Last Updated on October 26, 2018, by eNotes Editorial. Word Count: 549
Edmund Spenser wrote Epithalamion for his wife, Elizabeth Boyle, whom he married on midsummer’s day, 1594, the longest day of the year. (By the Julian calendar in use in England at that time, midsummer’s day fell on June 11.) The poem’s title comes from the Greek roots epi (“on”) and thalmos (“bridal chamber”). Spenser joins a classical tradition of writers of epithalamia with this poem. He employs classical and Christian allusions and precise formal structure to create a masterpiece unique in English literature, simultaneously personal and universal, sexual and spiritual, temporal and eternal, as it celebrates the beauty of marriage and the marriage bed.
The poem was originally published with Amoretti, a collection of eighty-nine sonnets that express the speaker’s love for his beloved and that are also believed to have been written for Elizabeth Boyle. Epithalamion documents the wedding day itself from start to finish, celebrating the long-awaited consummation of the love described in Amoretti.
In the tradition highly characteristic of early modern (Renaissance) literature, Spenser uses classical allusion heavily. His calling on deities and spirits such as Hymen, Juno, and the muses is an example of Christian neo-Platonism, in which classical figures are appropriated in the service of Christian spirituality. Thus, for example, the groom’s prayer to “Phoebus, father of the Muse” to “let this day let this one day be myne/ . . . / then I thy soverayne praises loud will sing” would be understood as a prayer to God the Father. Spenser highlights the essentially Christian nature of their union by leaving all classical allusion out of stanzas 12-13, where he describes the wedding ceremony itself, the only stanzas in the poem employing exclusively Christian language. Other, less direct biblical allusions to the Song of Solomon, the Psalms, and the Book of Revelation highlight parallels between Spenser’s earthly union and the anticipated wedding of Christ and the Church.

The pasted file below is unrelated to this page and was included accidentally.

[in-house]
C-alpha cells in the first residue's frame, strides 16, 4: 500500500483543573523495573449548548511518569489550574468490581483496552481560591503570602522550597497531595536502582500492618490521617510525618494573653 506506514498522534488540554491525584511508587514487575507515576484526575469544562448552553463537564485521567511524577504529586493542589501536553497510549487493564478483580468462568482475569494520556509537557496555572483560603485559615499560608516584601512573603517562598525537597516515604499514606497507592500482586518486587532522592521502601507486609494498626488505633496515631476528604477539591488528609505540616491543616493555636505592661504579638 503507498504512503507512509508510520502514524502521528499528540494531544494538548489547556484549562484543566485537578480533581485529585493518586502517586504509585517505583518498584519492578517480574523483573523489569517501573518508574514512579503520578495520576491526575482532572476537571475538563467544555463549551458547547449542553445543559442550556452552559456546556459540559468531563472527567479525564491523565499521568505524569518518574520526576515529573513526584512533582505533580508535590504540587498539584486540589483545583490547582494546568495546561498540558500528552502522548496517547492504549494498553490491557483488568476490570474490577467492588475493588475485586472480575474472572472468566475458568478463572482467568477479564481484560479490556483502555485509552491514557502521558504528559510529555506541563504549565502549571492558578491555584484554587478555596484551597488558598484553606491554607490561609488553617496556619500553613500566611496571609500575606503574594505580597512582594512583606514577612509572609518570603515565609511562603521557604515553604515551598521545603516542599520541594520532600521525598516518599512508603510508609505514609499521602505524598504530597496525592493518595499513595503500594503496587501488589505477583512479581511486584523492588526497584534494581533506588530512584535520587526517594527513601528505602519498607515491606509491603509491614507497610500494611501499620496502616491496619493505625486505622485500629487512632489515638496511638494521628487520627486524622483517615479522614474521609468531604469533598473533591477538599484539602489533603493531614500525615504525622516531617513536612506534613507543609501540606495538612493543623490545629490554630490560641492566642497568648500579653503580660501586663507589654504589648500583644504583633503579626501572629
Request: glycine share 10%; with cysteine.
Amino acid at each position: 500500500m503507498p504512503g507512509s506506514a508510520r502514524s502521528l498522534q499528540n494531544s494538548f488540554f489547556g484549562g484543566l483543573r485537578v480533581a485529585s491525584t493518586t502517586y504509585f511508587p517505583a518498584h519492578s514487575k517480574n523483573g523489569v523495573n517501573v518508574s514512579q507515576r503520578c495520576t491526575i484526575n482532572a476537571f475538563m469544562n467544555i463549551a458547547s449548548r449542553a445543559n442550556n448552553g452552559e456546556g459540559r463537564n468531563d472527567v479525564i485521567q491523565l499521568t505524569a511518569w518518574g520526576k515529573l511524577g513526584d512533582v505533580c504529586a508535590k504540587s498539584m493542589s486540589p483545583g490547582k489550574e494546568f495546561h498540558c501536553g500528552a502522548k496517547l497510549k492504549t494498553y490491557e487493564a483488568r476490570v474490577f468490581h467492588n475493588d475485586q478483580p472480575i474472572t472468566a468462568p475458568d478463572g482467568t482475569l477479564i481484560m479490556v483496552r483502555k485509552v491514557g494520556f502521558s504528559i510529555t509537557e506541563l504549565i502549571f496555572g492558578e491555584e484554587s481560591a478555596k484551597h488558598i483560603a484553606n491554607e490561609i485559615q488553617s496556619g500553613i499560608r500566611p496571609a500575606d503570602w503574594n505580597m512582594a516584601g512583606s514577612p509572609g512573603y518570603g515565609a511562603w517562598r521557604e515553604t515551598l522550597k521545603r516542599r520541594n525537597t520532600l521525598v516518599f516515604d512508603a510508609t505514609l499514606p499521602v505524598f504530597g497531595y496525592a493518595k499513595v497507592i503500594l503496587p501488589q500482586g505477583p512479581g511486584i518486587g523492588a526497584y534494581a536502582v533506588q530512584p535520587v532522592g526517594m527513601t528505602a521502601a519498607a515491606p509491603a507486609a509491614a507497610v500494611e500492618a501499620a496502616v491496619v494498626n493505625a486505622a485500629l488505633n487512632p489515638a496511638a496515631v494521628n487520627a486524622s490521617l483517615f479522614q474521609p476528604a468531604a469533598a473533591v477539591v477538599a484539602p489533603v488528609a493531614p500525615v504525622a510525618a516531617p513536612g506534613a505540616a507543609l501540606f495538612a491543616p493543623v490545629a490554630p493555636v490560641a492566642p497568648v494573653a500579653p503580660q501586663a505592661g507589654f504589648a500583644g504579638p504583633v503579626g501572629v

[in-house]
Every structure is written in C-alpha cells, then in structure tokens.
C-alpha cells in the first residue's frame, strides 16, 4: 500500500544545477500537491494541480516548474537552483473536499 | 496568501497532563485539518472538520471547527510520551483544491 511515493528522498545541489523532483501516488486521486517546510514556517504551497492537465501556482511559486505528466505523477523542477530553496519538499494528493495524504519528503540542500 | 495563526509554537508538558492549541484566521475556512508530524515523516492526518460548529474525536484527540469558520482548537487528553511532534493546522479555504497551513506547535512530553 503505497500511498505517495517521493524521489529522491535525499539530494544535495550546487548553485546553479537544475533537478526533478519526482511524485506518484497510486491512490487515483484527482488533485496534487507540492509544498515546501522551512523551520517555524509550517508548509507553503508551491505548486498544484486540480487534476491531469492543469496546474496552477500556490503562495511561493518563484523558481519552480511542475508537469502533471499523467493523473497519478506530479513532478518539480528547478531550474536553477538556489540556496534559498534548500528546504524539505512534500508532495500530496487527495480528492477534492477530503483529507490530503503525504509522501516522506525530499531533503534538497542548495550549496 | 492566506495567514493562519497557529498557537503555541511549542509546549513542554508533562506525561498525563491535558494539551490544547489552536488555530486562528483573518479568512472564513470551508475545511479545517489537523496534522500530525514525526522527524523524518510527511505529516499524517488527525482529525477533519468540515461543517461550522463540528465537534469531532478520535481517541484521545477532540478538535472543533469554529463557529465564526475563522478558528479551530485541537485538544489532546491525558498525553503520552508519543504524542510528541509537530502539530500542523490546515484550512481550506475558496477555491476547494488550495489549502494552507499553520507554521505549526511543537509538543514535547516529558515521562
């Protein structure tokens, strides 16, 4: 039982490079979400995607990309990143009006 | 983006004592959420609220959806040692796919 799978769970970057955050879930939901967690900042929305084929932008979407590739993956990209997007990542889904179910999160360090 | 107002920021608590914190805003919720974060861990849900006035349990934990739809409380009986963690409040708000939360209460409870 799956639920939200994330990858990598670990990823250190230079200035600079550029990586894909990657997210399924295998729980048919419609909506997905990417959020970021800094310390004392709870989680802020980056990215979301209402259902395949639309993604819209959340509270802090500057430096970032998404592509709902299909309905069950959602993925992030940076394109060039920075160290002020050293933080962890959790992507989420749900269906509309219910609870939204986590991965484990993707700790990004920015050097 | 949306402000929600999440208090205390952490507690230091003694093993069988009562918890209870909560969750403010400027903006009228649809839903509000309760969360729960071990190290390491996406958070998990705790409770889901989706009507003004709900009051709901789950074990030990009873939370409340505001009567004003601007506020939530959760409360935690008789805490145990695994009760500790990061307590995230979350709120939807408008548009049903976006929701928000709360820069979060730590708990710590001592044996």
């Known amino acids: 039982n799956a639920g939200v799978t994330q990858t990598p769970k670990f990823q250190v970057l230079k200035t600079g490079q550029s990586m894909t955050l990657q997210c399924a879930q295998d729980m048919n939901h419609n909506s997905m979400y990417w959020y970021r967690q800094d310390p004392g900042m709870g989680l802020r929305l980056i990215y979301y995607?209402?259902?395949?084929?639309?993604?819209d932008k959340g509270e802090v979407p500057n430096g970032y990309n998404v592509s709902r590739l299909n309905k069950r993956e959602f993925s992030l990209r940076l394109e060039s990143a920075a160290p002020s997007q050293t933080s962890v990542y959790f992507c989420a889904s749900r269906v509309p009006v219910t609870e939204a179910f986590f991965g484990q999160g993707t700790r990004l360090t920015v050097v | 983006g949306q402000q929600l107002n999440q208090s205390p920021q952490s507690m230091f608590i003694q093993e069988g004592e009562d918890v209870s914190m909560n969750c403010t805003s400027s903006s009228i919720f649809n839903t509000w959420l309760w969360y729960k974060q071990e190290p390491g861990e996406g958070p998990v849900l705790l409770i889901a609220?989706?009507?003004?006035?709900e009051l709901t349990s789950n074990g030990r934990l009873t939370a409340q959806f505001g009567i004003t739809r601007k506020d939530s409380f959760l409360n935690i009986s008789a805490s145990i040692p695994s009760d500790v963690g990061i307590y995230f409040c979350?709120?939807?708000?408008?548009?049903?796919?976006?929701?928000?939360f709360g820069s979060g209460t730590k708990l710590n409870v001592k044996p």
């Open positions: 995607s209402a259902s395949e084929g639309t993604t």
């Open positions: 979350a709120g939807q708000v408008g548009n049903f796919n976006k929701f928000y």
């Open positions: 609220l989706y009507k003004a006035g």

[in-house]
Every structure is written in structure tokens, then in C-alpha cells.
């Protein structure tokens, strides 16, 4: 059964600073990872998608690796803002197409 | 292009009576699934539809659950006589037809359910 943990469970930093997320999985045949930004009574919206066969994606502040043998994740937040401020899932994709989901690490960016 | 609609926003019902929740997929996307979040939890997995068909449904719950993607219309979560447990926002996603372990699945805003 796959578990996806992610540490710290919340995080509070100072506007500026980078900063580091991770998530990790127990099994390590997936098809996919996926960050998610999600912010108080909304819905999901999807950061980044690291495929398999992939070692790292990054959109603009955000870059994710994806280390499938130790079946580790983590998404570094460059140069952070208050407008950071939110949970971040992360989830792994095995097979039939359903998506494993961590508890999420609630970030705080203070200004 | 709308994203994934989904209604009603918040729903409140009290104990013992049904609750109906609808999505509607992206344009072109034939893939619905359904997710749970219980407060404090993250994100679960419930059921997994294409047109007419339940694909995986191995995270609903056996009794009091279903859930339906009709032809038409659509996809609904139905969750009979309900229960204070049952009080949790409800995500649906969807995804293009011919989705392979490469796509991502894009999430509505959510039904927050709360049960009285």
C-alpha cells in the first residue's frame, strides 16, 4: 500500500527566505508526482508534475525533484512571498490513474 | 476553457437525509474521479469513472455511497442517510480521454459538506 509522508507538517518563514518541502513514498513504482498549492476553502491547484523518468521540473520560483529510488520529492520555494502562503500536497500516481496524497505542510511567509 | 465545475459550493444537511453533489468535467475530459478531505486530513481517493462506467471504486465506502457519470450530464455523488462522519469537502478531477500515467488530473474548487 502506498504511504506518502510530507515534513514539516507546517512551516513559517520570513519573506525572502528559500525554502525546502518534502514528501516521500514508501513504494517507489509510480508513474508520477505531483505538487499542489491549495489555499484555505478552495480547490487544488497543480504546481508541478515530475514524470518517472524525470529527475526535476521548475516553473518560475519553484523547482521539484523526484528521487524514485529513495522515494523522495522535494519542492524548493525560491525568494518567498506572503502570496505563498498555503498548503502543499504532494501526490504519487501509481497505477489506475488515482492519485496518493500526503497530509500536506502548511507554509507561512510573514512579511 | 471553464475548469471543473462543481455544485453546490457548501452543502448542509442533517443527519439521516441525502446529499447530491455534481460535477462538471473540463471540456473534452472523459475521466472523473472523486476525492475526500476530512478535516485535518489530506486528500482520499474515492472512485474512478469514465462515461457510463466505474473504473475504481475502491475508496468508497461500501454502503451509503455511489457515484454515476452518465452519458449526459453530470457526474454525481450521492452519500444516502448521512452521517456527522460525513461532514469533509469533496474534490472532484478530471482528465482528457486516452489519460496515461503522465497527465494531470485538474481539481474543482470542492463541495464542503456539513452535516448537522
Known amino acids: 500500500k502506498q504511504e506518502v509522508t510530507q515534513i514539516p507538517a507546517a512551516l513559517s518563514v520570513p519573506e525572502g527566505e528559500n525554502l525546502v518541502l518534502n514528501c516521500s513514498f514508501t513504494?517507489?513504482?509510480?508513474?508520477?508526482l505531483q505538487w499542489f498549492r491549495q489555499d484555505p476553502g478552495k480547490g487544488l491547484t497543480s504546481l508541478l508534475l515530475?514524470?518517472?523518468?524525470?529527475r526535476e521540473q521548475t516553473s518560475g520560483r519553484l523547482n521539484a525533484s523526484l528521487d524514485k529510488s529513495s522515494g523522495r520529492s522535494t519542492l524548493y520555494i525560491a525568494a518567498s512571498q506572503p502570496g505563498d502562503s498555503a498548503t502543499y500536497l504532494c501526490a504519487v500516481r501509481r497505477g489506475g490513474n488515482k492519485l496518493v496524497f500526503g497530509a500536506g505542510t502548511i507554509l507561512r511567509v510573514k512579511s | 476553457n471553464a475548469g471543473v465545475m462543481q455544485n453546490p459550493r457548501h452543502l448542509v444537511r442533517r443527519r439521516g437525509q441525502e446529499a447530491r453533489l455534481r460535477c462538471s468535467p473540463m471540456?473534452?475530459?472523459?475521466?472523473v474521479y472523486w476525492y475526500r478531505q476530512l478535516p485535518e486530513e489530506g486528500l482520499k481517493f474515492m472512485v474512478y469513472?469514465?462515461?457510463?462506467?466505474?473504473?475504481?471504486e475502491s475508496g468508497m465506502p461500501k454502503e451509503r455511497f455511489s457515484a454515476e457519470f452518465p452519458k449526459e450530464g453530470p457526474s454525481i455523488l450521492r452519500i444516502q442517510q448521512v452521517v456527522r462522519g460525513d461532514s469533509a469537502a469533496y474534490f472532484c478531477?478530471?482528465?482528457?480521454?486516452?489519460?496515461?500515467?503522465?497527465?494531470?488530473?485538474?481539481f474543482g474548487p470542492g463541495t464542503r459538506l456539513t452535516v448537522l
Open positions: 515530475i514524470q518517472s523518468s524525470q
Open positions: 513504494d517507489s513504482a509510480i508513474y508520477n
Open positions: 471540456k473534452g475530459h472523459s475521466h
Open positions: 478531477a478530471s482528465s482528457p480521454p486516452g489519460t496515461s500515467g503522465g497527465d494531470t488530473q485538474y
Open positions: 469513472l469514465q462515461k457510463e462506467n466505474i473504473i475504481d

The formal structure of the poem also reflects the Christianized classical poetics and philosophy common in Renaissance literature. The first and second halves contain a symmetry that places the holy union at the center. Stanza 1 is a prologue; stanzas 2-11 prepare for the ceremony; stanzas 12-13, the center of the poem, describe the ceremony itself; stanzas 14-23 describe the postwedding celebration and consummation; stanza 24 is an envoi dedicating the poem. Other thematic parallels between stanzas in the first and second halves of the poem add to its overall sense of unity.
Spenser structured the poem using a unique astronomical pattern first documented in A. Kent Hieatt’s study A Short Time’s Endless Monument: The twenty-four stanzas correspond to the hours in a day, paralleling the progression of the poem through the speaker’s wedding day. The 365 long lines (mostly iambic pentameter) correspond to the days of the year. Night falls at line 300, precisely sixteen stanzas into the poem, corresponding to the sixteen hours of daylight and eight hours of darkness that occur on the summer solstice at the latitude of the southern Irish locale of Spenser’s wedding. The negatives introduced into each stanza’s refrain beginning in stanza 17 underscore the poem’s shift from light to darkness at this point. Spenser used this numerology to emphasize the relationship between particular and universal time and the eternal, spiritual quality of the marriage as a whole.
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